Flash in the Pan 

Hot for brains, raw for bodies

The brain of an adult human uses 25% of the total energy expended by the entire organism, much higher than our closest primate relatives, whose brains use about 8% of their energy. The high energy cost of building, using, and maintaining our brains has long presented a riddle to evolutionary theorists. Where did this extra energy come from?

One idea is that as our ancestors switched to a meat-heavy diet, our large guts—which were capable of digesting large amounts of vegetative material—shrunk. Since meat generally contains a greater density of protein and calories than vegetables, this digestive shift allowed our ancestors to target a more efficient form of energy, while helping them develop the brainpower to hunt it. Evidence from many corners of the animal kingdom suggests that the meat eaters are smarter.

But many scientists believe that the speed with which the human brain evolved suggests that a gradual shift to a meat based diet was too gradual to fully explain this development.

“Cooking produces soft, energy-rich foods,” says Richard Wrangham, a primatologist at Harvard. This, he explains, increases the efficiency with which the food’s energy is extracted. Fewer calories are spent in digestive efforts, which leaves a higher margin of caloric recovery.

Conducting research on Burmese pythons, Wrangham and a colleague, Stephen Secor, determined that the pythons spent 12.7% less energy digesting meat that was cooked. “By eating cooked meat, less energy is spent on digestion; therefore, more energy can be used for other activities and growth,” suggests Secor.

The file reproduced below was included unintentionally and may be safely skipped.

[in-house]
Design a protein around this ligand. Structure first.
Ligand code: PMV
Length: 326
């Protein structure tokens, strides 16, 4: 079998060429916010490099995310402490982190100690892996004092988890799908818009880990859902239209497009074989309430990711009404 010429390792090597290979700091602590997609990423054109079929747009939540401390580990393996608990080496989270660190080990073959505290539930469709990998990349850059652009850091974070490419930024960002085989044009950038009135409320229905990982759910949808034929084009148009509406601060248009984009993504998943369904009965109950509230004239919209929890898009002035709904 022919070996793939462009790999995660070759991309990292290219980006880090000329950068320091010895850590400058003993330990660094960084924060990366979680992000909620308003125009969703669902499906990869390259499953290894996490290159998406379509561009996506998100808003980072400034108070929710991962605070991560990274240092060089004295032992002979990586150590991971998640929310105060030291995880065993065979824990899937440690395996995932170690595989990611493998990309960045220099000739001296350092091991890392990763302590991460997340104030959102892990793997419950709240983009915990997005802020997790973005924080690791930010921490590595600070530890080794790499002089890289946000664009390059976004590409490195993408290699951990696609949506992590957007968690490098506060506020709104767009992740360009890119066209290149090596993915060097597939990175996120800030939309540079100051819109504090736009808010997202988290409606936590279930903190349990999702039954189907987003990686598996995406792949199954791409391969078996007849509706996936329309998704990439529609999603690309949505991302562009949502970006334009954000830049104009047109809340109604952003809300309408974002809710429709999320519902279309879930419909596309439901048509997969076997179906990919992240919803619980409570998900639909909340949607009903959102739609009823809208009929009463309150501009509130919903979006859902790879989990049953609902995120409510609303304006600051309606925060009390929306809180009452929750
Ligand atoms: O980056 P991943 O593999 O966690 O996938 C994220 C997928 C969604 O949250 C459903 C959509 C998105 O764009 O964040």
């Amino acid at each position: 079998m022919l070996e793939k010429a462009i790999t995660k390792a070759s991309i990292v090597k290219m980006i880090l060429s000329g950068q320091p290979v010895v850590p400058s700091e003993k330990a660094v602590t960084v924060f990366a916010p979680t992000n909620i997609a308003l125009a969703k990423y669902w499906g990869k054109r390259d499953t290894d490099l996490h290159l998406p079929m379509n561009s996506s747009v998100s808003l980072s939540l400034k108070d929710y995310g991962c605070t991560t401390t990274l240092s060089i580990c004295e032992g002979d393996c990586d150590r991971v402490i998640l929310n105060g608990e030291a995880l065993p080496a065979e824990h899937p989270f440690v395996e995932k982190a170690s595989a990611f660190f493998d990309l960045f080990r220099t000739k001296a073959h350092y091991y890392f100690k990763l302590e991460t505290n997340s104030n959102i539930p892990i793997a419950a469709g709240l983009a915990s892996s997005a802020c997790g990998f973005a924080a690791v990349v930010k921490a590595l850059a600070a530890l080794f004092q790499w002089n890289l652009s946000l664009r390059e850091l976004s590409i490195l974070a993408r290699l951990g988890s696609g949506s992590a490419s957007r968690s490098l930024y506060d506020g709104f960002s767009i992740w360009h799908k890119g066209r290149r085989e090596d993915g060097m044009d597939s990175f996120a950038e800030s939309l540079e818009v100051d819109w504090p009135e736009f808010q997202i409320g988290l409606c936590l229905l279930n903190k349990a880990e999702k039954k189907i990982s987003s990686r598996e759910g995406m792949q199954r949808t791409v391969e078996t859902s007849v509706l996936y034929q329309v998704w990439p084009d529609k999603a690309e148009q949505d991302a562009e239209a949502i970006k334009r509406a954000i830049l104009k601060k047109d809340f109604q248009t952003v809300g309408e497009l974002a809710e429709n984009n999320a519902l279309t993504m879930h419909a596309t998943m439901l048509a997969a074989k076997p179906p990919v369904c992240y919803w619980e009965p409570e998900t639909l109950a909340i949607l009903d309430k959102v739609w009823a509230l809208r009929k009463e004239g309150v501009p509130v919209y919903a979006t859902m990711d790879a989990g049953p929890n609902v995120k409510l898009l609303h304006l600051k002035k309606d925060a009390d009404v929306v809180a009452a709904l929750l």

Although the python experiment focused on meat digestion, cooking increases access to calories in both hunted meat and gathered plants. Just as the heat from cooking gelatinizes the matrix of collagen in animal flesh, it also opens up tightly woven carbohydrate molecules in plants to make them easier to absorb.

Subsequent experiments on mice showed that raw food eaters weighed less than mice that ate cooked food—even though the raw food diet had more total calories. “This suggests that our ancestors would have been able to get rapid benefits out of cooking,” says Wrangham.

But wait. Maximal caloric absorption may have been useful back in the day, but now we have an epidemic of obesity in developed countries.  Following Wrangham’s line of reasoning, food processing, like cooking, makes more calories available. Perhaps today’s overprocessed food, along with cooking, less exercise, etc., is contributing to obesity. You think?

Even if it’s true that cooked meat may have helped us evolve to where we are, I think it’s worth considering that the next dietary breakthrough might come from the opposite culinary corner: raw vegetables!

I’m probably about to lose some readers, who sentences ago were licking their chops at the thought of greasy, bloody, delicious meat. But I’ve been noticing a growing community of  “raw-foodists,” who seem quite happy and healthy, with neither meat nor heat in their food. And there is an unmistakable brightness of eyes that I have come to associate with the raw-foodists.

For example, consider the group I encountered at the Durango farmers’ market the other week. Their market stand, which represents the nonprofit Turtle Lake Refuge (turtlelakerefuge.org), is vibrant and fun. Flanked by a bicycle-powered smoothie maker on one side and a bike-powered juicer on the other, the table is laid out with some very interesting and tasty items: acorn chocolate, nut cheese cabbage rolls, and purslane kimchi. The food ranged from really good to downright spectacular, especially the cabbage rolls and acorn chocolate.